Skip to main content
Law
Jax Daily Record Monday, Sep. 5, 201612:00 PM EST

Florida Supreme Court suspends St. Augustine attorney from practicing law after arrest on drug charges

Share

The Florida Supreme Court disciplined 26 attorneys — disbarring four, revoking the licenses of four, suspending 12 and publicly reprimanding six.

One is from Northeast Florida:

• Samuel Harker Lanier, 3791 Florida A1A S., Suite B, St. Augustine, suspended until further order. (Admitted to practice: 1980) Lanier pleaded no contest to several charges, including possession of cocaine, a felony; driving while license canceled, suspended or revoked, a misdemeanor; and possession of drug paraphernalia, a misdemeanor. He was sentenced to drug offender probation for two years for the felony charge and one year of probation for the possession of drug paraphernalia charge to be supervised by the Department of Corrections. He failed to notify The Florida Bar, as required, of his felony charge and judgment of guilt.

Others are:

• Marcy Elizabeth Abitz, Cooper City, suspended until further order. (Admitted to practice: 2002) According to a petition for emergency suspension order, Abitz appeared to be causing great public harm. A Bar investigation found she misappropriated more than $8,900 in funds that were sent to her in error and should have been immediately returned to the sender.

• Robert D. Adams, Tampa, permanently disbarred. (Admitted to practice: 1996) Adams and two lawyer colleagues intentionally targeted and caused the wrongful arrest of an opposing counsel in a high-profile case for the benefit of themselves and their client. Adams concealed evidence and lied about his conduct.

• Brett Michael Anthony, Altamonte Springs, suspended for 10 days. (Admitted to practice: 2012) Upon reinstatement, Anthony is further placed on probation for three years. Anthony failed to notify the Bar of several criminal cases and the determination of guilt and/or convictions against him, as required.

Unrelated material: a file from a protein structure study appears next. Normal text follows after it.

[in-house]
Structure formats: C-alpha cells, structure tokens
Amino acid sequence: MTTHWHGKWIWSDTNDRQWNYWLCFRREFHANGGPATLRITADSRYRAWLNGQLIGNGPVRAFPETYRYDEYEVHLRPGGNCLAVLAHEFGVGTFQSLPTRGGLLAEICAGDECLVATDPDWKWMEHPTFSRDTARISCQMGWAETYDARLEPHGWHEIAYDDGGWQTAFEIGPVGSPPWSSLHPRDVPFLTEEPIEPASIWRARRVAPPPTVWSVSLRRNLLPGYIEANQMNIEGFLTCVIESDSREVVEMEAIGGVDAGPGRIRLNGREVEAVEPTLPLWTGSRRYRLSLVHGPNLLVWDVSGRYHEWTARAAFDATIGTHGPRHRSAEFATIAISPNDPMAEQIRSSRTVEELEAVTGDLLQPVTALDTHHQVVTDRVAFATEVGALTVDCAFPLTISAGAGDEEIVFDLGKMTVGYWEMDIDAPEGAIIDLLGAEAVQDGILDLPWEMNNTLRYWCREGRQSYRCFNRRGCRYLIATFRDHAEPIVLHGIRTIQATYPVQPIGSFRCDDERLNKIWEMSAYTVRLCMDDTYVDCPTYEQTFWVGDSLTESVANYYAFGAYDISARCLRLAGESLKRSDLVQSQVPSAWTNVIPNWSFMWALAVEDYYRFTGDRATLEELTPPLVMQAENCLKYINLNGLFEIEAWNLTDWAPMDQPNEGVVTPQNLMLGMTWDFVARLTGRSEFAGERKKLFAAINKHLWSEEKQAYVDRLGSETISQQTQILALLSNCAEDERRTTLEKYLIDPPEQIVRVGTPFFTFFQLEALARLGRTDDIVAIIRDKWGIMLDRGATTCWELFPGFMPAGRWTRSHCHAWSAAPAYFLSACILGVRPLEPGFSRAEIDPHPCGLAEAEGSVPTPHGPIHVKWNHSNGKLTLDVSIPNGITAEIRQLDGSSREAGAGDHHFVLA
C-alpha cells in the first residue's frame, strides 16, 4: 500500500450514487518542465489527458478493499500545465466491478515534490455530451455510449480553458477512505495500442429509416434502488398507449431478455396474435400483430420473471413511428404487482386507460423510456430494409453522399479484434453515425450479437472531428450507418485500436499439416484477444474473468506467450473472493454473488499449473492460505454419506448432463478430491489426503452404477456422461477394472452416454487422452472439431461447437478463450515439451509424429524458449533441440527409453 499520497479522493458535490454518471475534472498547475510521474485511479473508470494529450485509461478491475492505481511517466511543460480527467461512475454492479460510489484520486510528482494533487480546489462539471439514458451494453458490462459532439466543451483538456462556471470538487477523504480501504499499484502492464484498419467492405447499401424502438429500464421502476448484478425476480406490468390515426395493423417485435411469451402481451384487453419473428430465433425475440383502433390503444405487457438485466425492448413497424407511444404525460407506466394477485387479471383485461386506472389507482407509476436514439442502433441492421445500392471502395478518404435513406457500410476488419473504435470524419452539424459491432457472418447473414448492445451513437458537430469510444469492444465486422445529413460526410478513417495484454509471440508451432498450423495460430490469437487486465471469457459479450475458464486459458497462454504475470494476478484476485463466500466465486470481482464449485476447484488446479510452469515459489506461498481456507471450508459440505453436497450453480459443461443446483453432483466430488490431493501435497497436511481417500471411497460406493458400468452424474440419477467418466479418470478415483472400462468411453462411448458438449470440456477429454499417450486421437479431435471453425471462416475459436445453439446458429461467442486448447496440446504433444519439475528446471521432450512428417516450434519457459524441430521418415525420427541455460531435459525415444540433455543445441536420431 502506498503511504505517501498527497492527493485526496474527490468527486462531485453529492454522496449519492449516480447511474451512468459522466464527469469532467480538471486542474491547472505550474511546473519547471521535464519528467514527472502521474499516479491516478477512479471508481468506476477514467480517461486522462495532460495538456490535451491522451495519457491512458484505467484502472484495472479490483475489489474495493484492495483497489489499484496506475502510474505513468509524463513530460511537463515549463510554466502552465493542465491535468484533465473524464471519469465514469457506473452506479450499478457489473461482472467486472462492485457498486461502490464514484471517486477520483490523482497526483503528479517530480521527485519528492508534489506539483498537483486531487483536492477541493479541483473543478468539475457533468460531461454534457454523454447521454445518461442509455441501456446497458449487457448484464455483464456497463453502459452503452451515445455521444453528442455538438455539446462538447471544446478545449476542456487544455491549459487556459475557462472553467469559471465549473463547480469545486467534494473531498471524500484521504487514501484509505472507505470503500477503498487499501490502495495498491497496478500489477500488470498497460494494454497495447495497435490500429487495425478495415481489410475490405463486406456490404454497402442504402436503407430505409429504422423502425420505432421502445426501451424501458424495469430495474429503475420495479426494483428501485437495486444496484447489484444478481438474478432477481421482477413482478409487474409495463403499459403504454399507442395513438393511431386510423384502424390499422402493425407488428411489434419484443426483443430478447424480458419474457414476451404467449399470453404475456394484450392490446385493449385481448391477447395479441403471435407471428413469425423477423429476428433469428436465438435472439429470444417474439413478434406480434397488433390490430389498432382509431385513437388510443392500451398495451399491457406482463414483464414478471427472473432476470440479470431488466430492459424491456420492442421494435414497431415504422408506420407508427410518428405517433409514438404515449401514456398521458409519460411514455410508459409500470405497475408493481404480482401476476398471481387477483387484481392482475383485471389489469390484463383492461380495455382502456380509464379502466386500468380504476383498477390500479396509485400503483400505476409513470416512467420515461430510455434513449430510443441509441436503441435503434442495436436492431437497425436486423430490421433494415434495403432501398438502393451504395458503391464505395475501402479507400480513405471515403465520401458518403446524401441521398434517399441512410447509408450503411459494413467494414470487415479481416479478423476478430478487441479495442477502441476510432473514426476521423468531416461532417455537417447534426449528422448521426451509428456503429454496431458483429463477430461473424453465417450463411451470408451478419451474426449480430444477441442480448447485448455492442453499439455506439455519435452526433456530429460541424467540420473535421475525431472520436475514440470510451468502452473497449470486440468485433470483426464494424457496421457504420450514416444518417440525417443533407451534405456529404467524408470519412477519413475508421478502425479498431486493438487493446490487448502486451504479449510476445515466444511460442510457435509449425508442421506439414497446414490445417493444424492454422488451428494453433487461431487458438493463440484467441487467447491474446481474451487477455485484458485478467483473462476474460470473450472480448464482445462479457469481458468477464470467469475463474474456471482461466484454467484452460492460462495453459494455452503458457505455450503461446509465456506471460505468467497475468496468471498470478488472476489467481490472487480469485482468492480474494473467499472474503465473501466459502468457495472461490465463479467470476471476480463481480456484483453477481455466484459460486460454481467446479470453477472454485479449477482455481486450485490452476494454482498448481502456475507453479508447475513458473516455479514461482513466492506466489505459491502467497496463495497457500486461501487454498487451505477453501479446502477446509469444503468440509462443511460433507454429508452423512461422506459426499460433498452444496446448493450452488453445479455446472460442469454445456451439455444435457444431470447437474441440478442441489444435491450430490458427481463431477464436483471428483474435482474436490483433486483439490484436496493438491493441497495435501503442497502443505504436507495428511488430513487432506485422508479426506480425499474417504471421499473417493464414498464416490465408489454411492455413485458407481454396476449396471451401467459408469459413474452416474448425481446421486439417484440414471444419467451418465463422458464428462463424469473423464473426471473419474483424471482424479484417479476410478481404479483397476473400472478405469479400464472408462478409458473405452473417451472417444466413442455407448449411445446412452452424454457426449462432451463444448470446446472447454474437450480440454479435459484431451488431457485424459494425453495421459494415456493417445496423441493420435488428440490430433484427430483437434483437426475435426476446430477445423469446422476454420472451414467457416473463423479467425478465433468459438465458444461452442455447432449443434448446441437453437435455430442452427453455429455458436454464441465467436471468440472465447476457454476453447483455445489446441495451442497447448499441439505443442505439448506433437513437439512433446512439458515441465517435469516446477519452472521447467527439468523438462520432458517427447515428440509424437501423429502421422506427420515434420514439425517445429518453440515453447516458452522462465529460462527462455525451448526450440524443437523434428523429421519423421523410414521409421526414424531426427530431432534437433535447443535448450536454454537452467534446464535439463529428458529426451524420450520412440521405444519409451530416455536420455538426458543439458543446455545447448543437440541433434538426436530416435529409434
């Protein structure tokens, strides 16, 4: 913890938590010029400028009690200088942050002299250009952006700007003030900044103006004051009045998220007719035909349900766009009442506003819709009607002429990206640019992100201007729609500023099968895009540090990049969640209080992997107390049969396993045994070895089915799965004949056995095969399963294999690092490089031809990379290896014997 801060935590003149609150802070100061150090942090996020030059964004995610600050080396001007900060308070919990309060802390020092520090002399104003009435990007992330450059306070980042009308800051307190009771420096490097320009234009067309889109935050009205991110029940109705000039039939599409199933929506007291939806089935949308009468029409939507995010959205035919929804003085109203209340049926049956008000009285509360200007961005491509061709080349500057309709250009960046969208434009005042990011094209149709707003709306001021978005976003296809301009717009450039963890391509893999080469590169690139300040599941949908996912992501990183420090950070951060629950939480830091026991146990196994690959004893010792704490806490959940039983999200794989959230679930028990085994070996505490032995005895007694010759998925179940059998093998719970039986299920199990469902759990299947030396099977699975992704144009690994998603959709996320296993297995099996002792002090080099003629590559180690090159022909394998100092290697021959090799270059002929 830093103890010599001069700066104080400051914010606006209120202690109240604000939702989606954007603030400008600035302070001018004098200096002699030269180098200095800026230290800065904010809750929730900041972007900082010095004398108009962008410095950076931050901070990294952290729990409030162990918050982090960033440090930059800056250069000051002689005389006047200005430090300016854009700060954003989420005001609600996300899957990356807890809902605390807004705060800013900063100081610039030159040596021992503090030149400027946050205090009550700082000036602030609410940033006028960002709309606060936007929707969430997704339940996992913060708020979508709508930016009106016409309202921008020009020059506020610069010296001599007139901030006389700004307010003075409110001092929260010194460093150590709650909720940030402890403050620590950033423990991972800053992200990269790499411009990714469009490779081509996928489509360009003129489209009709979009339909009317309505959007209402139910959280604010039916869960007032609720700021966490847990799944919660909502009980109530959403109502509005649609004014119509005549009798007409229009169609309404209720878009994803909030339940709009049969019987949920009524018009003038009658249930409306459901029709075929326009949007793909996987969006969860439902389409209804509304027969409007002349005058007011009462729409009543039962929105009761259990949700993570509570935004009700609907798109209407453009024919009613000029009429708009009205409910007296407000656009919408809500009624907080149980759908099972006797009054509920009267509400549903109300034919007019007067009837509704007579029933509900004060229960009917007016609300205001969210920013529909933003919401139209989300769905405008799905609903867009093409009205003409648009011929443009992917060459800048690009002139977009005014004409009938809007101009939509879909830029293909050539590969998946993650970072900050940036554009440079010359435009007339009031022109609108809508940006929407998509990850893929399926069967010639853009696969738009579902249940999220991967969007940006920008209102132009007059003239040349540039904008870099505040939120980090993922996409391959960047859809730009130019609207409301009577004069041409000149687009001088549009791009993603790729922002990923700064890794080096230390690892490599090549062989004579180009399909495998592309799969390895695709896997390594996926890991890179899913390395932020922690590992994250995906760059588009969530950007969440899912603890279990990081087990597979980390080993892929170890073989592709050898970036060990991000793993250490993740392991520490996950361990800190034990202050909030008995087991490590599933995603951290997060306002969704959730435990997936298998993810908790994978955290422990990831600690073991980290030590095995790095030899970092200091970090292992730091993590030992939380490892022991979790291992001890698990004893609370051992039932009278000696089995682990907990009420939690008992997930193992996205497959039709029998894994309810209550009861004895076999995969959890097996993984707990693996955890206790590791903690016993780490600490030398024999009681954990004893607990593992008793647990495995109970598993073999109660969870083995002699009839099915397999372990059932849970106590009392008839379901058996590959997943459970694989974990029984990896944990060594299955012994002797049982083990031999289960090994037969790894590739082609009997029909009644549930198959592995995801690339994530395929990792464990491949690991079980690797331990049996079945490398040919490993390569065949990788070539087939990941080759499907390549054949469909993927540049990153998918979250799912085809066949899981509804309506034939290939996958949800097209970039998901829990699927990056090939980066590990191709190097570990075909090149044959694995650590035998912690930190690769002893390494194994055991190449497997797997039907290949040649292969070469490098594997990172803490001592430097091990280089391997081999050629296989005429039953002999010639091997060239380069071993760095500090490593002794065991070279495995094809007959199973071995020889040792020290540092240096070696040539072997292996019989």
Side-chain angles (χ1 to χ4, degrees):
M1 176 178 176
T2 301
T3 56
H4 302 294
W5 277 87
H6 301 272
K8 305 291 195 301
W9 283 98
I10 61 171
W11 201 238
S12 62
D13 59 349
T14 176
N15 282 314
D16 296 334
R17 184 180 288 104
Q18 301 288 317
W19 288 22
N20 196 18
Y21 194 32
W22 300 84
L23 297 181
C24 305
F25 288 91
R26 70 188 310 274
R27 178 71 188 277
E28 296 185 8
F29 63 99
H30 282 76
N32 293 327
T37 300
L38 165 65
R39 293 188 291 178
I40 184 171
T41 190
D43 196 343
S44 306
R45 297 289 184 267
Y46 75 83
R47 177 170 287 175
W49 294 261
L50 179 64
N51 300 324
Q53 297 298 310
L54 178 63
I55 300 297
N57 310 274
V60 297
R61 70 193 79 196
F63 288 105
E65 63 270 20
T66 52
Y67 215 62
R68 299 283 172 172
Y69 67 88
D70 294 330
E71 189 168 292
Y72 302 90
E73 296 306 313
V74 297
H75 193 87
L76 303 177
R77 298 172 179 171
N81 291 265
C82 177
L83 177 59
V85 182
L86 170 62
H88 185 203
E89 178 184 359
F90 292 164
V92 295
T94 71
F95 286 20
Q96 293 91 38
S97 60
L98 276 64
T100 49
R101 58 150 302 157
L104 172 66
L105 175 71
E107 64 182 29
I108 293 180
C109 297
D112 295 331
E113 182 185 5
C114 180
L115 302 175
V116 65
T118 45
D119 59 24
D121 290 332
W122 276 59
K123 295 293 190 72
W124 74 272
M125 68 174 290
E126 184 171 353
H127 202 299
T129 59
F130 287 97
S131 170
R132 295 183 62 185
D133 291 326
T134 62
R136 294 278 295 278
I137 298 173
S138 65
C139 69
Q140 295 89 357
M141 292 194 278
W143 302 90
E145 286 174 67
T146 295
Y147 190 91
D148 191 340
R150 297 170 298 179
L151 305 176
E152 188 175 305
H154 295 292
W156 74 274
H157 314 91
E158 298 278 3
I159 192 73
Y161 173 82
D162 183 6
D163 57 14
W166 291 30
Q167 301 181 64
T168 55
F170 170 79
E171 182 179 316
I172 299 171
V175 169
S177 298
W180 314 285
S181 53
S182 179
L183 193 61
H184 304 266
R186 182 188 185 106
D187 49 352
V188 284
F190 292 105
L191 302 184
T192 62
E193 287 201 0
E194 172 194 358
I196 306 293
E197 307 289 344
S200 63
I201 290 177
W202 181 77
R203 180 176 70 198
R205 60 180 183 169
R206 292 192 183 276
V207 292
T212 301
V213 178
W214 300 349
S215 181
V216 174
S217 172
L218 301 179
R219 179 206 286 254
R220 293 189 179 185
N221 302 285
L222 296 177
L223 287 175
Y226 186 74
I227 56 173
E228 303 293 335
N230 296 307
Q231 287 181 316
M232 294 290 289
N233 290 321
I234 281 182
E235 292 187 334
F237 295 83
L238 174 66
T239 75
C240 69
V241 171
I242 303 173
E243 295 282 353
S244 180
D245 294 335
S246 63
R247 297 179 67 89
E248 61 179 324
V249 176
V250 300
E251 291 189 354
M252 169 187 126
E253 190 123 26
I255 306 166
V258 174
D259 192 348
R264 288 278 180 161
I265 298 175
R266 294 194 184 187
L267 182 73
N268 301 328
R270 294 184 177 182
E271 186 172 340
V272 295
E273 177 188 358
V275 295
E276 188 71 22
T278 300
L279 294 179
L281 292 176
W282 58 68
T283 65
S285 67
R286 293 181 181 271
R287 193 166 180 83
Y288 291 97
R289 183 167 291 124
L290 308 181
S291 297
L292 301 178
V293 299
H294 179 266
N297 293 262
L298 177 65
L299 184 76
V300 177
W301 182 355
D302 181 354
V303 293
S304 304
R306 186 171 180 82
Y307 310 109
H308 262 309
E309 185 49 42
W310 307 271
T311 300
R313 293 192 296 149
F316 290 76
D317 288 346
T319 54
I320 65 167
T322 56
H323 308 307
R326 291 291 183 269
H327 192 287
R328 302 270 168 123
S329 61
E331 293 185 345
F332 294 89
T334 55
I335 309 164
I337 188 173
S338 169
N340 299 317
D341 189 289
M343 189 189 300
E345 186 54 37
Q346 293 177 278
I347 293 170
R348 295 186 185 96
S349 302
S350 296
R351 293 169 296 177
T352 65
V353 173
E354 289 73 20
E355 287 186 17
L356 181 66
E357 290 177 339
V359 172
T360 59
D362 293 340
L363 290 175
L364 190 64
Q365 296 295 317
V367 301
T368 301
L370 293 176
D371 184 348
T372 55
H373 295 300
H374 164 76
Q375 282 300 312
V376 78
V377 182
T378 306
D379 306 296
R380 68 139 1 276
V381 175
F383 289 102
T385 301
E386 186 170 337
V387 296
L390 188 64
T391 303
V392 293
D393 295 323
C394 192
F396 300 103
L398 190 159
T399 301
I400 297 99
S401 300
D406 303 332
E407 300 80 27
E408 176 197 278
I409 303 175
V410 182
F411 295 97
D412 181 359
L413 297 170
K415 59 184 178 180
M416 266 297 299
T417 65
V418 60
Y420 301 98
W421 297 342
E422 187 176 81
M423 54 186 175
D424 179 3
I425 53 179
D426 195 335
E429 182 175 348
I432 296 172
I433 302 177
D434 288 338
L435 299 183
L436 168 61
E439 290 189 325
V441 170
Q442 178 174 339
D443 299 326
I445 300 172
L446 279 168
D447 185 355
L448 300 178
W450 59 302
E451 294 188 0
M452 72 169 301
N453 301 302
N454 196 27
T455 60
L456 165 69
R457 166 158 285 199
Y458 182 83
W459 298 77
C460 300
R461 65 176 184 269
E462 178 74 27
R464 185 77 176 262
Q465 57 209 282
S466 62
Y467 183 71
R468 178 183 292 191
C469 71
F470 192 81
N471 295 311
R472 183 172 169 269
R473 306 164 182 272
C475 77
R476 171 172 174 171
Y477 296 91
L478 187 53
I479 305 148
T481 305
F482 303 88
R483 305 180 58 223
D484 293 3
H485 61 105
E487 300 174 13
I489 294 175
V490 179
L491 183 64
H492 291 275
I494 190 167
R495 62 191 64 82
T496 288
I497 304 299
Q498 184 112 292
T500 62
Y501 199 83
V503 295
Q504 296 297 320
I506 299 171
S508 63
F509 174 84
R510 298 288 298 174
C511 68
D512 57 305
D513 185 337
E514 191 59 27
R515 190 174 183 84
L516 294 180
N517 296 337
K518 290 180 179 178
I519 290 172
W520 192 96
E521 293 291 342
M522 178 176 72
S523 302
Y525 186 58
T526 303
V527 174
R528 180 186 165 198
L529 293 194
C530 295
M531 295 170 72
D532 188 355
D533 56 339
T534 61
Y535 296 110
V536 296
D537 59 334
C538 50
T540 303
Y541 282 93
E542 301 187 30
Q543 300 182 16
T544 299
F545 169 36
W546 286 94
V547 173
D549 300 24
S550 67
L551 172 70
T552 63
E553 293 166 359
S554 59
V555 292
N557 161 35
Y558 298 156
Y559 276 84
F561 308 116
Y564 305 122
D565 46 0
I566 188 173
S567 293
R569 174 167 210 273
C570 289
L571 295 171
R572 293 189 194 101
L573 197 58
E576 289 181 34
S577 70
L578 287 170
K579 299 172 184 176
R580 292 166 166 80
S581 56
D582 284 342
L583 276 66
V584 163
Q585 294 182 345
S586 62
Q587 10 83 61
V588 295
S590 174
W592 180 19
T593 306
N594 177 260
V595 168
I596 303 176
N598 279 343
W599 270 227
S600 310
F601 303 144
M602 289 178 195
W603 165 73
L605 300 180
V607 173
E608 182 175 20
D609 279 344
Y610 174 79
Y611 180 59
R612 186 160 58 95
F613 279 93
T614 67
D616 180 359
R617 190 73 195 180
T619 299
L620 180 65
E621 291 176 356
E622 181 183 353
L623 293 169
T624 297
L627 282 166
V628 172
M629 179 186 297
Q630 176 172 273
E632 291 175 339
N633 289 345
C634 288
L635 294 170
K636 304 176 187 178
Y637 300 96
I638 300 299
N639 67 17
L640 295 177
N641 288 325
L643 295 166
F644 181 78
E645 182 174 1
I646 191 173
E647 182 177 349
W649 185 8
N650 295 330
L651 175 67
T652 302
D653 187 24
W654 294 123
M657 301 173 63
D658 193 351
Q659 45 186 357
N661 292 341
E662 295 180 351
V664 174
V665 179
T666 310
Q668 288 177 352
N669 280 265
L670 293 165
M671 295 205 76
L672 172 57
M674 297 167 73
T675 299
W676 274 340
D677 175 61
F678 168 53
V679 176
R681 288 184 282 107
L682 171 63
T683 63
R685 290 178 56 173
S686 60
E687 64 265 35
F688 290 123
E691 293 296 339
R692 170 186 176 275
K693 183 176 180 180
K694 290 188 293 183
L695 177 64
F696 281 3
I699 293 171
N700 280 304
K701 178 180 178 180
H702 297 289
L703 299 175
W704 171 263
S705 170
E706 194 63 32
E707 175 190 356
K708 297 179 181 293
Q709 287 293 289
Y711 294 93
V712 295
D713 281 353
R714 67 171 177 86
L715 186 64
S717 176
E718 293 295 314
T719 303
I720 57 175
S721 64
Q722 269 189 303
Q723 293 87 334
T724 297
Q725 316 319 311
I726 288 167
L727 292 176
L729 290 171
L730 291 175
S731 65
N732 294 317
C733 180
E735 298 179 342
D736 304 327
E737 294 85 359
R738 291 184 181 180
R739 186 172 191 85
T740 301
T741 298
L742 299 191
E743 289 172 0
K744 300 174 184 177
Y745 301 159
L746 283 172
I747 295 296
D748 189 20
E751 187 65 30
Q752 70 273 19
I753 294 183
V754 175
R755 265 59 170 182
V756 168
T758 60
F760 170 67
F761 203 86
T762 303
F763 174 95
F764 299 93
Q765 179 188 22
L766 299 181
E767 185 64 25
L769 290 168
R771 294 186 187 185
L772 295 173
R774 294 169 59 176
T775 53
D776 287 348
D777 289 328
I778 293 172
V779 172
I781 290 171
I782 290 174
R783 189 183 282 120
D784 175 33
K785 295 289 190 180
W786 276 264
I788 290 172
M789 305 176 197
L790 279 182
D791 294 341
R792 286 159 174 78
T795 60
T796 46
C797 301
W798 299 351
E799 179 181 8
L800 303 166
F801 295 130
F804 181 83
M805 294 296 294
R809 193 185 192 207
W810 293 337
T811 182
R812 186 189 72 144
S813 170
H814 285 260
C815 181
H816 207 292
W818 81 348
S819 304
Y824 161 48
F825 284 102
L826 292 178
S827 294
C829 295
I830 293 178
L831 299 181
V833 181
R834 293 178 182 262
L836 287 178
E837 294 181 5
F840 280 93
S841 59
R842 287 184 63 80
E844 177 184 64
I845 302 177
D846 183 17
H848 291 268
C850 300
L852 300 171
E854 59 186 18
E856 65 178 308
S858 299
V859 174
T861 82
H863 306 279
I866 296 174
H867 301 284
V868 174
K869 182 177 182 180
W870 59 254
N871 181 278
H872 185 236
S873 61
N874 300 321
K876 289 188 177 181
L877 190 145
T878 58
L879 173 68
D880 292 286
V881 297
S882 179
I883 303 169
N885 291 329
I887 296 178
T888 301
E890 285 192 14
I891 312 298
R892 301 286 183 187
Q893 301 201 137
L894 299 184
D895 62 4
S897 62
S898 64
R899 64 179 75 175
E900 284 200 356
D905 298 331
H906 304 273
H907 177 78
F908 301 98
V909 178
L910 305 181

• Nicholas Michael Athanason, St. Petersburg, to be publicly reprimanded. (Admitted to practice: 1989) He is further placed on probation for one year. A Bar audit revealed Athanason failed to properly monitor and supervise trust accounting practices and procedures for his firm’s trust account. The audit also found seven instances in which Athanason disbursed about $1,000 belonging to clients and third parties who could not be located by his firm.

• Mark Carmel, West Palm Beach, to be publicly reprimanded. Carmel is a licensed New York attorney practicing immigration law in Florida and is subject to the jurisdiction and disciplinary rules of the Supreme Court of Florida. Carmel was hired to help obtain a visa for a client. When the client changed his mind, he requested a refund. Carmel had done some work on the case and mistakenly deposited the refund check into his law office account.

• Sunilda E. Casilla, Miami. The Supreme Court granted Casilla’s request for a disciplinary revocation, with leave to seek readmission after five years. (Admitted to practice: 2006) Disciplinary revocation is tantamount to disbarment. Disciplinary charges pending against Casilla involved several real estate transactions.

• Curtis Marlow Elmore, Gainesville. The Supreme Court granted Elmore’s request for a disciplinary revocation, with leave to seek readmission after five years. (Admitted to practice: 2001) Disciplinary revocation is tantamount to disbarment. Disciplinary charges pending against Elmore involved a foreclosure action against clients.